Is It the Same as Cash If I Pay in 90 Days? It Isn't Always a Very Good Deal

Is It the Same as Cash If I Pay in 90 Days? It Isn't Always a Very Good Deal

Many stores are well-known for advertising their in-store financing options, which allow you to buy items for “90 days same as cash,” or with interest-free or no payments until a later date.

Some of the stores that are recognized for doing this are furniture and technology retailers. Many of these bargains appear to be beneficial at first glance; however, they are frequently not as beneficial as they are represented to be, and they place consumers who are already financially vulnerable in precarious positions.

The Workings of It

When a retailer tells you that they will provide you with credit for an item for 90 days at the same terms as cash, they are promising that you will not have to make any interest payments during that time period, just as you would get if you paid for the item in full with cash. 

It may appear as though there is no reason not to accept the offer; you get to walk away with your products and a commitment to pay back the money over the next few months – a situation that appears to be a win-win for both parties involved.

If all went according to plan, you would be able to get financing for the purchase, clear the debt in three months, and not have to pay any interest at all. However, it is not the case for a significant number of people. You may make the assumption that you can afford to pay off the balance in less than a month’s time without first conducting an in-depth analysis of your financial situation. 

Unfortunately, things aren’t always resolved in such a positive manner. In most cases, you will be unable to pay the balance in full within the first three months, in which case you will be responsible for paying interest on the purchase. The fact that businesses are aware of this is one of the primary reasons they are so adamant about making the deal available to customers.

If you were able to pay off the purchase in ninety days, you would be able to save up and make the purchase in three months, which would allow you to completely escape the gimmick.

The End of Your Days Spent Without Interest

It’s possible that you’ll be tempted to justify that it’s acceptable if you don’t pay off the balance in the first 90 days; instead, you’ll just pay as much as you can, and then you’ll have to deal with the interest. However, this line of thinking is not in your best interest. 

The catch is as follows, however: You will only be able to reap the benefits of the deferred-interest financing arrangement known as the 90-day same as cash financing if you pay off the balance in 90 days.

If your balance is not paid in full within the first ninety days, the interest will be charged to your balance and backdated to the day that the transaction was made. You will only be exempt from paying interest for those 90 days if you pay off the entire sum during that time period. In that case, the benefit of paying no interest will not have been extended to you at all.

Take, for instance, the case where you finance a purchase of $5,000 over the course of 90 days. You won’t have to pay any interest on the $5,000 loan if you pay it off in full during the first three months. However, if you only pay $4,500 over those 90 days, interest will be applied on the full $5,000, not just the remaining $500 as it would be if you had paid the full $5,000.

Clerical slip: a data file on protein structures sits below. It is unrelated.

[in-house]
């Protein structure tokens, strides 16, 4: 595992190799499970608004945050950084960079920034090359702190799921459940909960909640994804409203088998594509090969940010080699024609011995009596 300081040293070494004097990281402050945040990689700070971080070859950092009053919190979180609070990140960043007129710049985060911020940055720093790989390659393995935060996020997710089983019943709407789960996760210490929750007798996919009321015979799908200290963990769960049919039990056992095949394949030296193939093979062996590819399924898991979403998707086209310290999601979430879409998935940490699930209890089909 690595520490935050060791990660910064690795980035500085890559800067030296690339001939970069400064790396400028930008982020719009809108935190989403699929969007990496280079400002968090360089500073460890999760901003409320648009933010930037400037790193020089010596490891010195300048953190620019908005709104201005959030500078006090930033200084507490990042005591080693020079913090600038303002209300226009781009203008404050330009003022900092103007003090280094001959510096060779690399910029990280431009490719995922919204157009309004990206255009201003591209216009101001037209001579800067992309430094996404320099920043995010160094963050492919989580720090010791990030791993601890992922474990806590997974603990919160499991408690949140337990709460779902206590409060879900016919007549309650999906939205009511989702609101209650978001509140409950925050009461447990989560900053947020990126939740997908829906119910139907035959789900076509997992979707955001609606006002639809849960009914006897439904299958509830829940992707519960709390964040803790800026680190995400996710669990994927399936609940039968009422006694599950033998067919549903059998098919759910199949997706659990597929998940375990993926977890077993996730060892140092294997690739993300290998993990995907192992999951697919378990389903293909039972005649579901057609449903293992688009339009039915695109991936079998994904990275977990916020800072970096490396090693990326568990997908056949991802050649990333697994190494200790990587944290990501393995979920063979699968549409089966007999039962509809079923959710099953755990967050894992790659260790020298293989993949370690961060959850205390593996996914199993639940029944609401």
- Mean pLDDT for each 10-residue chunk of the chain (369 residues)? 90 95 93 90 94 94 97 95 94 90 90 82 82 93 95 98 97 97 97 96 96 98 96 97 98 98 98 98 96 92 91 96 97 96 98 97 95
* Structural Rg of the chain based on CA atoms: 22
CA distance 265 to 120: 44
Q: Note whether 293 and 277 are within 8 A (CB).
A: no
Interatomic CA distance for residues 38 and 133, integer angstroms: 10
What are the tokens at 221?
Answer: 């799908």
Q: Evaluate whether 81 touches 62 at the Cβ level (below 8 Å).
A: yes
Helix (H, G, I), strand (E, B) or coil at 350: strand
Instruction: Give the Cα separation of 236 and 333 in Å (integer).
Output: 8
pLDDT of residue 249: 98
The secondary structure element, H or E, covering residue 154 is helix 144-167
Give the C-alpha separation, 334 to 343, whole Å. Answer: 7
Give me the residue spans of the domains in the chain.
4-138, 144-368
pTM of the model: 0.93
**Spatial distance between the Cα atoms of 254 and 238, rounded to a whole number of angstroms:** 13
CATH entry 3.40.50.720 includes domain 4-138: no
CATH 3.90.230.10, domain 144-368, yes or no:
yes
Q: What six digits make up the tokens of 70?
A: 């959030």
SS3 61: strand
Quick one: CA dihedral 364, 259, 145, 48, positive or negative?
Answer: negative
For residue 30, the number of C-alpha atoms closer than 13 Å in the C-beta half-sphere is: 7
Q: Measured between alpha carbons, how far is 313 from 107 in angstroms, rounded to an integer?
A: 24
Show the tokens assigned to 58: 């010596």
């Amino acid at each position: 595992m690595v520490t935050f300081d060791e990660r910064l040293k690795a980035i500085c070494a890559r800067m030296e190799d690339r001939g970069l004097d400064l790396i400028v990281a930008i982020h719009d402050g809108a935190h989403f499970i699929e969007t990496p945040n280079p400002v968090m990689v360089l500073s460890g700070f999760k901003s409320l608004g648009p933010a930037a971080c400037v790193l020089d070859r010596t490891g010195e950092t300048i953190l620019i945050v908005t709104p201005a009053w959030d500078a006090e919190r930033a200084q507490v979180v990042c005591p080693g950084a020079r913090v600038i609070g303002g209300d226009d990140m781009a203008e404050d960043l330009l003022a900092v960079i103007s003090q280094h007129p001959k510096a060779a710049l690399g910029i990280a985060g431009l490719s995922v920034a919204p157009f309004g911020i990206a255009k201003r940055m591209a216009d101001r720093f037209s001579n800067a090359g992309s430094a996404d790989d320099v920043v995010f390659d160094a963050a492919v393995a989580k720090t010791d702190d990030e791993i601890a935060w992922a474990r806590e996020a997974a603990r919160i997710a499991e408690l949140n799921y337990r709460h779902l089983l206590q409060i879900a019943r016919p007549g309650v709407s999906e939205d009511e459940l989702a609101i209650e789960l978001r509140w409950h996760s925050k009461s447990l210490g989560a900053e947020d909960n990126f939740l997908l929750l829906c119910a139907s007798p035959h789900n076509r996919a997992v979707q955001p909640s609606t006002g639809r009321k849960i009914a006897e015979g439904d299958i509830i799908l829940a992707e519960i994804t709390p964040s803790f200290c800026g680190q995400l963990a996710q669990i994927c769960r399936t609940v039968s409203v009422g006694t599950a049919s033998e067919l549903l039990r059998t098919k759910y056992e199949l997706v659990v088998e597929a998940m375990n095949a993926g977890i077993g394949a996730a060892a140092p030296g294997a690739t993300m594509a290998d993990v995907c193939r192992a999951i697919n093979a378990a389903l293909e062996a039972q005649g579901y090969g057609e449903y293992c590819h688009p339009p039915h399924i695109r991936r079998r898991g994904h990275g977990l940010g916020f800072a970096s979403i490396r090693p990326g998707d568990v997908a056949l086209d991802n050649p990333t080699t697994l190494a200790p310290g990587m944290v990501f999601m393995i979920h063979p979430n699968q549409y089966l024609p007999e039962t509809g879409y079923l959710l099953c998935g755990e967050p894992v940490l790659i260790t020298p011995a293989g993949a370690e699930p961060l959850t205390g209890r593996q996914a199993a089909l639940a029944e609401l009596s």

The cost of saving is lower than the cost of financing

You will not be able to afford to finance the purchase if you do not have the financial means to pay for it in full by the due date. If you want to avoid having to worry about making payments on significant purchases in the future, the best thing to do is put money aside now.

 Instead of making a purchase with the intention of paying it off within the next 90 days, you should put that money you would have spent toward saving instead. Not only can this help you create healthy savings habits, but it might also lead you to the realization that you don’t want the thing (or items) as badly as you first thought you did.

Even paying for the item with a credit card is a better option than the financing package that gives you 90 days to pay it off, especially if you are eligible for a credit card that has an introductory rate of 0% on purchases. 

You will have a lot longer to pay off your balance, but if you don’t pay it off once the promotional period is through, interest will begin to accrue on the remaining balance. It is not retroactive to the date of the purchase, as is the case with financing for 90 days at the same rate as cash.

The Crux of the Matter

These types of bargains are offered by businesses in an effort to persuade customers to make purchases that they might not have otherwise made owing to limited financial resources. 

Despite this, they are well aware that the majority of customers will not pay off their accounts and will instead accrue interest. Many companies are able to generate additional cash through the use of this method.

If you are concerned about sliding down the rabbit hole of interest and debt, a simple rule to follow is as follows: If you can’t afford it in cash, then you can’t afford it.

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